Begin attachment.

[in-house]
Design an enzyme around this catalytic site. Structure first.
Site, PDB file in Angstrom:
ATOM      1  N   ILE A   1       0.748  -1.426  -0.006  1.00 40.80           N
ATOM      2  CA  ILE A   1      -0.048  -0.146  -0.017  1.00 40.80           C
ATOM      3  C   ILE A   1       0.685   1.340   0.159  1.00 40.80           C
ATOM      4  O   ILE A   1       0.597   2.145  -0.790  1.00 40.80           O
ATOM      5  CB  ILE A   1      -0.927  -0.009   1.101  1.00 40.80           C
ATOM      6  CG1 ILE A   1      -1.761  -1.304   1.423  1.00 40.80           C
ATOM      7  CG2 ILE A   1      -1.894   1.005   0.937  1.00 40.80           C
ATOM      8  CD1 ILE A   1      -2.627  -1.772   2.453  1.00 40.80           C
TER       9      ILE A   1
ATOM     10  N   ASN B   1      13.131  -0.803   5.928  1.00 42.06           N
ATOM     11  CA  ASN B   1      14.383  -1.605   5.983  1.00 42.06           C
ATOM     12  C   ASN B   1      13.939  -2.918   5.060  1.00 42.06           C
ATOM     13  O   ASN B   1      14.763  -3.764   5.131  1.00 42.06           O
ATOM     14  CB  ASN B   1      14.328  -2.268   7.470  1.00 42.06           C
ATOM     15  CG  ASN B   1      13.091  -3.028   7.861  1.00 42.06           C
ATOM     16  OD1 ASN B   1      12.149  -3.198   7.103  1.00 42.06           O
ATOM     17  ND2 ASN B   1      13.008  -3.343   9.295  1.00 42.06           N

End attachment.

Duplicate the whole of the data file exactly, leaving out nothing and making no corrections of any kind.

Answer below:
[in-house]
Design an enzyme around this catalytic site. Structure first.
Site, PDB file in Angstrom:
ATOM      1  N   ILE A   1       0.748  -1.426  -0.006  1.00 40.80           N
ATOM      2  CA  ILE A   1      -0.048  -0.146  -0.017  1.00 40.80           C
ATOM      3  C   ILE A   1       0.685   1.340   0.159  1.00 40.80           C
ATOM      4  O   ILE A   1       0.597   2.145  -0.790  1.00 40.80           O
ATOM      5  CB  ILE A   1      -0.927  -0.009   1.101  1.00 40.80           C
ATOM      6  CG1 ILE A   1      -1.761  -1.304   1.423  1.00 40.80           C
ATOM      7  CG2 ILE A   1      -1.894   1.005   0.937  1.00 40.80           C
ATOM      8  CD1 ILE A   1      -2.627  -1.772   2.453  1.00 40.80           C
TER       9      ILE A   1
ATOM     10  N   ASN B   1      13.131  -0.803   5.928  1.00 42.06           N
ATOM     11  CA  ASN B   1      14.383  -1.605   5.983  1.00 42.06           C
ATOM     12  C   ASN B   1      13.939  -2.918   5.060  1.00 42.06           C
ATOM     13  O   ASN B   1      14.763  -3.764   5.131  1.00 42.06           O
ATOM     14  CB  ASN B   1      14.328  -2.268   7.470  1.00 42.06           C
ATOM     15  CG  ASN B   1      13.091  -3.028   7.861  1.00 42.06           C
ATOM     16  OD1 ASN B   1      12.149  -3.198   7.103  1.00 42.06           O
ATOM     17  ND2 ASN B   1      13.008  -3.343   9.295  1.00 42.06           N